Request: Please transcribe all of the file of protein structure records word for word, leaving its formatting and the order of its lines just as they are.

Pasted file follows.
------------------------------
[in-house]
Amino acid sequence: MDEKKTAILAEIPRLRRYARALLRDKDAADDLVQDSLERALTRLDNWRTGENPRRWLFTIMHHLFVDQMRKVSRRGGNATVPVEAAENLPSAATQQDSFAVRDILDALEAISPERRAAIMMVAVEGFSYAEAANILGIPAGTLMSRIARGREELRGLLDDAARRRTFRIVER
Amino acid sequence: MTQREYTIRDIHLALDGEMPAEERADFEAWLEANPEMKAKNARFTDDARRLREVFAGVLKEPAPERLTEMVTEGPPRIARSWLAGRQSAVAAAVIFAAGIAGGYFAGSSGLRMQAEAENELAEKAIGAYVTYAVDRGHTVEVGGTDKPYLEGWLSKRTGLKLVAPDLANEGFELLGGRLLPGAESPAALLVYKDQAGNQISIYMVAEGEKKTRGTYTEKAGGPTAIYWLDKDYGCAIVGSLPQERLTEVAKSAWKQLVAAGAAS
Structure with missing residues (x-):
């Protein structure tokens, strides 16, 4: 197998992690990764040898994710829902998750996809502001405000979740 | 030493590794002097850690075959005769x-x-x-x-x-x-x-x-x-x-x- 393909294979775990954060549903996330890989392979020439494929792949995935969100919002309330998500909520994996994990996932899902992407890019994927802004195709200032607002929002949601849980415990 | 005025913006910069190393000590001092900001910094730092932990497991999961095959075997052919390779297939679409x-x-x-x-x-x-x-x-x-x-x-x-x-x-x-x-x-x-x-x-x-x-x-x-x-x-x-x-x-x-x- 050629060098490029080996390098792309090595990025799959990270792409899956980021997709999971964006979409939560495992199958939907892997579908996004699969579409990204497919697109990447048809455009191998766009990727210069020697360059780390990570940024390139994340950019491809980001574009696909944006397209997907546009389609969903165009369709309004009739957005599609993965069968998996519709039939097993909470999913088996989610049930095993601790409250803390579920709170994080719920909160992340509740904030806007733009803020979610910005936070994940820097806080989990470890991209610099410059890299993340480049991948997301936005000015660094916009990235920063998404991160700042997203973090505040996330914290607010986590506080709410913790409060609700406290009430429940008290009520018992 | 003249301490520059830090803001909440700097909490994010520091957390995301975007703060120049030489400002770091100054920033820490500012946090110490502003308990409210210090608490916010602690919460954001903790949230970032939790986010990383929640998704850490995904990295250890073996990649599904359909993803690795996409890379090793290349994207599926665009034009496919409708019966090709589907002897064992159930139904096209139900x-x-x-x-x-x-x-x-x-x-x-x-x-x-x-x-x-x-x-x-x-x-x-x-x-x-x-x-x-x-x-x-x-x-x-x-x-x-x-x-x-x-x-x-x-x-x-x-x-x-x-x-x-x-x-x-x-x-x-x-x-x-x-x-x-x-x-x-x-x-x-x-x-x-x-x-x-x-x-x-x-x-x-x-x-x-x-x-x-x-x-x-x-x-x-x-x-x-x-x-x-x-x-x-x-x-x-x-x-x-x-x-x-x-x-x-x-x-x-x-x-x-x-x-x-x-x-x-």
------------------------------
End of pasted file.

[in-house]
Amino acid sequence: MDEKKTAILAEIPRLRRYARALLRDKDAADDLVQDSLERALTRLDNWRTGENPRRWLFTIMHHLFVDQMRKVSRRGGNATVPVEAAENLPSAATQQDSFAVRDILDALEAISPERRAAIMMVAVEGFSYAEAANILGIPAGTLMSRIARGREELRGLLDDAARRRTFRIVER
Amino acid sequence: MTQREYTIRDIHLALDGEMPAEERADFEAWLEANPEMKAKNARFTDDARRLREVFAGVLKEPAPERLTEMVTEGPPRIARSWLAGRQSAVAAAVIFAAGIAGGYFAGSSGLRMQAEAENELAEKAIGAYVTYAVDRGHTVEVGGTDKPYLEGWLSKRTGLKLVAPDLANEGFELLGGRLLPGAESPAALLVYKDQAGNQISIYMVAEGEKKTRGTYTEKAGGPTAIYWLDKDYGCAIVGSLPQERLTEVAKSAWKQLVAAGAAS
Structure with missing residues (x-):
């Protein structure tokens, strides 16, 4: 197998992690990764040898994710829902998750996809502001405000979740 | 030493590794002097850690075959005769x-x-x-x-x-x-x-x-x-x-x- 393909294979775990954060549903996330890989392979020439494929792949995935969100919002309330998500909520994996994990996932899902992407890019994927802004195709200032607002929002949601849980415990 | 005025913006910069190393000590001092900001910094730092932990497991999961095959075997052919390779297939679409x-x-x-x-x-x-x-x-x-x-x-x-x-x-x-x-x-x-x-x-x-x-x-x-x-x-x-x-x-x-x- 050629060098490029080996390098792309090595990025799959990270792409899956980021997709999971964006979409939560495992199958939907892997579908996004699969579409990204497919697109990447048809455009191998766009990727210069020697360059780390990570940024390139994340950019491809980001574009696909944006397209997907546009389609969903165009369709309004009739957005599609993965069968998996519709039939097993909470999913088996989610049930095993601790409250803390579920709170994080719920909160992340509740904030806007733009803020979610910005936070994940820097806080989990470890991209610099410059890299993340480049991948997301936005000015660094916009990235920063998404991160700042997203973090505040996330914290607010986590506080709410913790409060609700406290009430429940008290009520018992 | 003249301490520059830090803001909440700097909490994010520091957390995301975007703060120049030489400002770091100054920033820490500012946090110490502003308990409210210090608490916010602690919460954001903790949230970032939790986010990383929640998704850490995904990295250890073996990649599904359909993803690795996409890379090793290349994207599926665009034009496919409708019966090709589907002897064992159930139904096209139900x-x-x-x-x-x-x-x-x-x-x-x-x-x-x-x-x-x-x-x-x-x-x-x-x-x-x-x-x-x-x-x-x-x-x-x-x-x-x-x-x-x-x-x-x-x-x-x-x-x-x-x-x-x-x-x-x-x-x-x-x-x-x-x-x-x-x-x-x-x-x-x-x-x-x-x-x-x-x-x-x-x-x-x-x-x-x-x-x-x-x-x-x-x-x-x-x-x-x-x-x-x-x-x-x-x-x-x-x-x-x-x-x-x-x-x-x-x-x-x-x-x-x-x-x-x-x-x-």